In an attempt to make property more affordable for British residents, the Government plans to increase the stamp duty surcharge for foreign buyers.
Theresa May announced the plans to selected journalists ahead of the Conservative Party Conference this week in a deliberate ‘leak’.
The proposals will see foreign buyers being subject to between an additional one per cent and three per cent tax. That’s on top of existing higher levels of stamp duty, introduced in 2016, on second home and buy-to-let purchases.
“Britain will always be open to people who want to live, work and build a life here” Theresa May Says.
“However, it cannot be right that it is as easy for individuals who don’t live in the UK and don’t pay taxes here, as well as foreign-based companies, to buy homes as hard-working British residents.
“For too many people the dream of home ownership has become all too distant and the indignity of rough sleeping remains all too real.”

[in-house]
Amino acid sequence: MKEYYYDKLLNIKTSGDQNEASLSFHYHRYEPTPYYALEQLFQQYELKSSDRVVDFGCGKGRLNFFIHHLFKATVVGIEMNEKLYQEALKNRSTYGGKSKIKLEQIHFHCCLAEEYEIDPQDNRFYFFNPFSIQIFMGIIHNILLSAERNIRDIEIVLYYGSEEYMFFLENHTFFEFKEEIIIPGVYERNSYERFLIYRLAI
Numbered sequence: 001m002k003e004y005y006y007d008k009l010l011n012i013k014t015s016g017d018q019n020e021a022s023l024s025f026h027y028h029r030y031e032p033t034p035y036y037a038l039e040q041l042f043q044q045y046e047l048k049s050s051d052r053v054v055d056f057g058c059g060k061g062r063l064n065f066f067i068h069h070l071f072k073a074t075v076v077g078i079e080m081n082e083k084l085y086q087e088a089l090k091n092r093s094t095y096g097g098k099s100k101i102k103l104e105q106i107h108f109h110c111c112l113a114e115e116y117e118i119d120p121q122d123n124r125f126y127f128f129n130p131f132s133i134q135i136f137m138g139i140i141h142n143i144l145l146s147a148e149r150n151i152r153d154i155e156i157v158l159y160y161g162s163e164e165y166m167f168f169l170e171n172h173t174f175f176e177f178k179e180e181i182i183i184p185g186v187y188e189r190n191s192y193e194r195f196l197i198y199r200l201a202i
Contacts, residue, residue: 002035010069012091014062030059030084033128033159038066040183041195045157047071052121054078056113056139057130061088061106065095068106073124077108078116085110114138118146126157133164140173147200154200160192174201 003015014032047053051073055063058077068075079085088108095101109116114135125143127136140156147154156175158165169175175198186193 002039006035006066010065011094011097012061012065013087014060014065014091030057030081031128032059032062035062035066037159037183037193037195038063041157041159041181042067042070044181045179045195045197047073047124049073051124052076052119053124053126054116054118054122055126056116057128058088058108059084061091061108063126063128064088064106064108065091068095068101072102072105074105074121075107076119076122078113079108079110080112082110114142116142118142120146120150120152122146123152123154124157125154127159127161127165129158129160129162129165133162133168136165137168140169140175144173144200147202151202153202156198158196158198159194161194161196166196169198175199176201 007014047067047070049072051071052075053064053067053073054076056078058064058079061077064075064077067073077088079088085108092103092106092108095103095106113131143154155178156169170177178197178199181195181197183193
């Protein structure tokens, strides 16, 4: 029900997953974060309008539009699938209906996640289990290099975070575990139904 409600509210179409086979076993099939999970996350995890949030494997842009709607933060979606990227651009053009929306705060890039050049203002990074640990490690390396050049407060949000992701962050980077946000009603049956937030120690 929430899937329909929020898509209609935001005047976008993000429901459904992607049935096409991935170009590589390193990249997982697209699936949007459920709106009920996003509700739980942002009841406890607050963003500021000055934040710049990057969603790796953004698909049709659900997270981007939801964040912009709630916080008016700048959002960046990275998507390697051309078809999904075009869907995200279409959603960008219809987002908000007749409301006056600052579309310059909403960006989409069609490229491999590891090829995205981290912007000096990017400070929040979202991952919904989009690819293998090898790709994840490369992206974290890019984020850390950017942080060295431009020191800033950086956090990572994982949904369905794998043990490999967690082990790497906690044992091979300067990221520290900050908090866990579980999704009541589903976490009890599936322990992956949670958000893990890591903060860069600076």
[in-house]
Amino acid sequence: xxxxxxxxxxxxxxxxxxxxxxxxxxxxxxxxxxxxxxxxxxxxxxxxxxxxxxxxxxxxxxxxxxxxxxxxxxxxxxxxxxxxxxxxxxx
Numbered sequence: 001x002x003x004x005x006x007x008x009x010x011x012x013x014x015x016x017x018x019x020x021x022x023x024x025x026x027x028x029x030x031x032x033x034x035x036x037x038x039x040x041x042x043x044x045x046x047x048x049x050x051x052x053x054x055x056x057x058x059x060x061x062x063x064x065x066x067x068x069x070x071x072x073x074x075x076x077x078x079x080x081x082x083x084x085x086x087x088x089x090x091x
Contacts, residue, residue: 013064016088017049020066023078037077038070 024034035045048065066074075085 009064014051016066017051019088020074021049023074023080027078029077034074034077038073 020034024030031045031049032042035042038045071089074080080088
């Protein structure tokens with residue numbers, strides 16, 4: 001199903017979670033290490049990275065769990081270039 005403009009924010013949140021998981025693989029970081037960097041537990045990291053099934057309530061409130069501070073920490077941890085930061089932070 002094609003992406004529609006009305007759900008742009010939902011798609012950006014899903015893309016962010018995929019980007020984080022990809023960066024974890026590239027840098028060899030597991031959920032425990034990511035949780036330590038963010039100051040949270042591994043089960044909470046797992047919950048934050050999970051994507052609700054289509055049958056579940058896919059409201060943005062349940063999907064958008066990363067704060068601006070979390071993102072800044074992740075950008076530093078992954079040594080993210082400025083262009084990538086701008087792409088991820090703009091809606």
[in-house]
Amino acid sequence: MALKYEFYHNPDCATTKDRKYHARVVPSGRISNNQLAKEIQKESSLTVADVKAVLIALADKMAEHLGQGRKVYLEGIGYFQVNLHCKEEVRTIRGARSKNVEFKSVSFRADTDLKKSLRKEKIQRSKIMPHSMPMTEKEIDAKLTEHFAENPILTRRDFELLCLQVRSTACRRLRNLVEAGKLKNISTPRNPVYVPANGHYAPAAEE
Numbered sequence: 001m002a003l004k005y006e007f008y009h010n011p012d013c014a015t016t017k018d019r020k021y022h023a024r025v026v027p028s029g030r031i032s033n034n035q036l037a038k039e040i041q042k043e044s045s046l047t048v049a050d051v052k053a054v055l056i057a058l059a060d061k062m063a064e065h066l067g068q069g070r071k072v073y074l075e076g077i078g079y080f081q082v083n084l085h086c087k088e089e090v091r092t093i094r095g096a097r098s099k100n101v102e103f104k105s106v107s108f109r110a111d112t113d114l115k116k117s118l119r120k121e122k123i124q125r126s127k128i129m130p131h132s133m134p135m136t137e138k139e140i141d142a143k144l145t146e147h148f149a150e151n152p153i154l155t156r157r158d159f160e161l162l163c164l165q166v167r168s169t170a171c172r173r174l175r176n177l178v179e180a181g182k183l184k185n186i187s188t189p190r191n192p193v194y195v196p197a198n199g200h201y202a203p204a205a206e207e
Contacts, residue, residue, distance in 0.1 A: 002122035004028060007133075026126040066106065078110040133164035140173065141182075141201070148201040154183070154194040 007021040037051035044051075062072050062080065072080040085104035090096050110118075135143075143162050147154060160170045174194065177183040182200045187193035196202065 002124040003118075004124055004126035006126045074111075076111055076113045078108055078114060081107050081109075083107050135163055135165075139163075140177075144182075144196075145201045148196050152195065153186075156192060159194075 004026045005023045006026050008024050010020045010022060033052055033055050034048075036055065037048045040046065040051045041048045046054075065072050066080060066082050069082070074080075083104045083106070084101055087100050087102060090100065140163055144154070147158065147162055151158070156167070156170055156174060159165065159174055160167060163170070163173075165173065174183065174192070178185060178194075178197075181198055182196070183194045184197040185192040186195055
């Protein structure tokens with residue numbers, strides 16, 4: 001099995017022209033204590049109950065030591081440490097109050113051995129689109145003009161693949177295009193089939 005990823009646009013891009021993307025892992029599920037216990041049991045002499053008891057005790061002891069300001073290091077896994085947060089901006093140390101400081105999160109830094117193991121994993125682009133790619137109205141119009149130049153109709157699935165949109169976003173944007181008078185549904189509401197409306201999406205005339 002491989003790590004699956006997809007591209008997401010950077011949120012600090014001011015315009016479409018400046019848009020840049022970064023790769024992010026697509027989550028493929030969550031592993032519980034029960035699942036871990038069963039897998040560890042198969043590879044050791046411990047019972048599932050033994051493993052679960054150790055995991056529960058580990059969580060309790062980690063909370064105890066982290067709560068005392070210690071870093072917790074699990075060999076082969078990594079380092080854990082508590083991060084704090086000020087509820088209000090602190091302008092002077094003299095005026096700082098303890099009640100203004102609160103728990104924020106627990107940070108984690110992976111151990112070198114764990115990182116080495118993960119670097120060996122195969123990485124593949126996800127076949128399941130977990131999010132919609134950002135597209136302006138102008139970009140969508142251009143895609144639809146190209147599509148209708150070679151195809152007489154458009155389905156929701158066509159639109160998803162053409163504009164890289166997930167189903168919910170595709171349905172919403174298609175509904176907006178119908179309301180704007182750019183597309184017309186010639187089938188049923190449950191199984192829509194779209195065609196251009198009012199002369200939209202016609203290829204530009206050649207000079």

The Tories claim that research from York University shows 13 per cent of new London homes were bought by non-residents between 2014 and 2016.
Currently, overseas residents can buy homes in the UK as easily as those who live here but economists say it is adding £4,800 to the price of an average-priced home costing £227,000.
The move to address foreign buyers snapping up UK property is seen as an attempt by the Prime Minister to address the criticism aimed at her for failing to follow through on her pledge to take “personal charge” of solving a housing crisis.
A one per cent stamp duty surcharge, on any individual or company not paying tax in the UK, is expected to raise £40m a year – rising to £120m, if a three per cent levy is introduced later.
Mrs May will announce she is consulting on the changes at the Tory conference which opens in Birmingham today.